With the exception of a few minor things,I have officially declared this restoration as complete. Like I have said before, this was the first time I have ever restored a vehicle. I had no special tools or equipment, just a welder and common hand tools. My garage floor was my work bench for cutting sheetmetal and a vise, hammer, dolly, and some C clamps were used for shaping.
I could not have done this restoration without the help of this site and the knowledgable people that are regulars here. This is truely a Wonderful site! Thank You all!
This thread has been on top of the page for almost two years now. As it slowly fades to the bottom and finally out of sight I look back to when I first started this project. What started off as a simple flatfender fix up project turned into a full frame up military vehicle restoration. I Learned a lot, cursed alot, sweat alot and even bled some, but over all it was a fulfilling experience and something I can say I accomplished myself.
The jeep has been busy at work participating in all the Veterans Day celebrations this past week with my local MV club. It has been a blast and an honor participating in these activities.
The first event the jeep participated in was the Gilbert Veterans celebration on Wednesday where our club provided vehicles for a static display around the stage/festivities area. Lunch was provided to all veterans after the ceremonies.
I've been collecting some period military items that the Airmen are wearing in the photos my father gave me and using them as props while displaying the jeep.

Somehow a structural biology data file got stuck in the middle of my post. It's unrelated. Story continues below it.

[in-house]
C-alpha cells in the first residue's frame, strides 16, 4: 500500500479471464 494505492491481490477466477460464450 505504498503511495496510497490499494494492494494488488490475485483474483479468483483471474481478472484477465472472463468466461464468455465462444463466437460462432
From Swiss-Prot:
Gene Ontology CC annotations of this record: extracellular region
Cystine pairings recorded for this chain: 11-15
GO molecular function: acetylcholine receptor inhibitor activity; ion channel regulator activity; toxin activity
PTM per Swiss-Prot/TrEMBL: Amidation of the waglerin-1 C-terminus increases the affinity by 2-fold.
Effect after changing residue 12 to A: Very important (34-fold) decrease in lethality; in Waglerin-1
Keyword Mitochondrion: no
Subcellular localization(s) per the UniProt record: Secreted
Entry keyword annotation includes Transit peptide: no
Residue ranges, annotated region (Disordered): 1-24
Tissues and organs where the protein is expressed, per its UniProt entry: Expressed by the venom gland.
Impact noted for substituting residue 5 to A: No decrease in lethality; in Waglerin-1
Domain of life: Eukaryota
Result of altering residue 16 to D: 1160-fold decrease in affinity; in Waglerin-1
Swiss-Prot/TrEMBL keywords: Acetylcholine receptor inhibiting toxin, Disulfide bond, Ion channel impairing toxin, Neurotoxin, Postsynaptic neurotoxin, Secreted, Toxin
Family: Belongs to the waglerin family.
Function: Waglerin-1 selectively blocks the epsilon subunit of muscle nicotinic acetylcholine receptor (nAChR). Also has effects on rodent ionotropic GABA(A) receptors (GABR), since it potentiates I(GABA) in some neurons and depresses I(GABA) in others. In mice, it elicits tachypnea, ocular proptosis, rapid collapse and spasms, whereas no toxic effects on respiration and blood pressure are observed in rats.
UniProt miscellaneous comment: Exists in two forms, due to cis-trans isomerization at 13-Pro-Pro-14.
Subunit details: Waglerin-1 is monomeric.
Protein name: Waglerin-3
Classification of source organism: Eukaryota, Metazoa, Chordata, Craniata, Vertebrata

I painted and marked the helmet liner in the same manner as the one my father is wearing. Before he passed away I asked him what was the color of the helmet, and he said they were silver with blue markings, so that's how I painted it. The billy club was the actual billy club he used when he was an Air Policeman. My Mother gave this to me plus another one that he used when dressed in Blues.
I also put together these temporary placards explaining the history of the unit and the dedication to my father.
Thursday the jeep participated in it's first parade. Our group provided vehicles for the Vietnam Vets. Here it is all parade ready.
I was fortunate to have David ride with me. David is a WWII combat vet and it was an honor to have him as my first ride along.
Saturday our club participated in the Gilbert Days parade to celebrate the city's 90th birthday. We had a really big turnout with a lot of different types of MV's. It was a blast seeing all these vehicles.
Finally I took the jeep to the National Cemetary where my father was laid to rest. He never saw the jeep completed so it was my way of showing him the jeep that I had dedicated to him. It couldn't have been a better day. The cemetary is beautiful and peaceful in it's desert surroundings. There are also several monuments within the cemetary honoring all veterans from all wars. To top it all off there were several vintage aircraft flying overhead including the B-17 Sentimental Journey from the CAF. They were doing a show for a veterans celebration at a nearby airport. Then at 12:00 noon the cemetary bells played each of the service hymns. Just a wonderful day and sort of a closure for me at the same time.
When I was a boy I loved to put together model airplanes. My father worked shift work so he usually came home late at night when we were all asleep. When I completed a model I would set it on the dining room table all proud of what I had done and to show my father when he came home. The next morning he would give me that smile and nod of approval and tell me I had done a good job. Going to the cemetary today was symbolic of that same ritual I used to do when I was a boy. I know he's looking down at me right now with that same smile on his face and telling me, "Good Job son!"
I love you and miss you Dad!